Having determined that the issue regarding the constitutionality of Title III's transfer provision is not properly before it, the court will limit the remainder of its analysis to the issue of whether or not the United States is entitled to access the defendant patients' psychiatric records. At the outset of this analysis, the court will address the defendants' argument that the United States may not seek declaratory relief because it has "unclean hands."

"The doctrine of `unclean hands' is designed to preserve the integrity of the Court by protecting it from exercising its powers to aid those who are before the Court as a result of their own fraudulent behavior." Rubin v. Warner, 881 F. Supp. 23, 25 (D.D.C. 1995). The defendants offer three arguments in support of their assertion that the plaintiff has unclean hands. First, they argue that the plaintiff has disregarded its duty under 24 U.S.C. § 225g(b)(1)(C) to pay for the care and treatment of the defendant patients. (Mem. of Points and Auth. in Supp. of D.C.'s Mot. for Summ.J. at 9.) Second, they argue that the plaintiff has misrepresented facts to this court by incorrectly stating that it pays "millions of dollars each year" for the care and treatment of the defendant patients. (Mem. of Points and Auth. in Supp. of D.C.'s Mot. for Summ.J. at 9.) Finally, they argue that the plaintiff is "request[ing] confidential records under the pretense of administrative need when in fact, the United States wants to assert a punitive, prosecutorial role with regard to the [defendant patients]." (Mem. of Points and Auth. in Supp. of D.C.'s Mot. for Summ.J. at 10.)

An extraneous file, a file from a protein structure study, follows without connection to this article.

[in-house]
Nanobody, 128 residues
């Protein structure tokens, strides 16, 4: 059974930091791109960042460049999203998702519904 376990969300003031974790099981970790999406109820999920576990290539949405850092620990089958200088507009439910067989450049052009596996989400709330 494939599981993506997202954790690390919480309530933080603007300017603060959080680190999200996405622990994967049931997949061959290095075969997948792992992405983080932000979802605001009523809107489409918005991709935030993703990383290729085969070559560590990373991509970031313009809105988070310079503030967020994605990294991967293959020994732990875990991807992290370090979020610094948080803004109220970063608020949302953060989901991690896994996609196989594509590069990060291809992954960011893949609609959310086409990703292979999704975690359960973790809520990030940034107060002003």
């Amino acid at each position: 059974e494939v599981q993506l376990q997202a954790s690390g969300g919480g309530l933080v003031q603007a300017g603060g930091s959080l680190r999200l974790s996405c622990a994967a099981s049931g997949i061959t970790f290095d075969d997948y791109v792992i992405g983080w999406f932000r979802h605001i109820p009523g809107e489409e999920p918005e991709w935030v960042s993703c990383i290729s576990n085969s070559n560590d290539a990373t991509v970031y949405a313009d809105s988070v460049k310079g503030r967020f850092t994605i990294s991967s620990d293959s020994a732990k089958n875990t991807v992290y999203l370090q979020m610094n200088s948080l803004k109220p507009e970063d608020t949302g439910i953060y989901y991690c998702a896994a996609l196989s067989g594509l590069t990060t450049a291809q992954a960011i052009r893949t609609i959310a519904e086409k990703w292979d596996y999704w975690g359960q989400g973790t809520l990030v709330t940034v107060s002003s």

With respect to the defendants' second and third arguments, the court concludes that there is not sufficient evidence in the record to support the defendants' allegations or to warrant application of the unclean hands doctrine. With respect to the defendants' first argument, the court also concludes that application of the unclean hands doctrine would be inappropriate. The unclean hands doctrine is appropriately applied when "the alleged misconduct is connected with the transaction upon which the plaintiff seeks relief." Rubin, 881 F. Supp. at 26 (quoting Adams v. Manown, 328 Md. 463, 615 A.2d 611, 617 (1992)) (internal quotations omitted). In the instant case, the court concludes that the alleged uncleanliness proffered by the defendants is not sufficiently connected with the transaction upon which the plaintiff seeks relief. This is especially so given that the alleged uncleanliness is itself the subject of separate litigation filed by the defendants. (See Mem. of Points and Auth. in Supp. of D.C.'s Mot. for Summ.J. at 8 (referencing United States Court of Federal Claims No. 93-601C).) Accordingly, the court will not invoke the unclean hands doctrine to preclude the plaintiff from seeking declaratory relief in this case.

D. Preemption

Turning now to the merits of the issue of whether the United States is entitled to access the psychiatric records of the defendant patients, the court will first address the question of preemption. The defendants argue that Title III does not preempt District of Columbia laws prohibiting access to the patients' records because Title III is, in essence, a local law, not a federal law. The defendants base this argument on the fact that Title III applies exclusively to the District of Columbia and has no effect on any other state. Despite the limited repercussions of Title III, however, the court concludes that Title III is indeed a federal law and that it preempts District of Columbia law.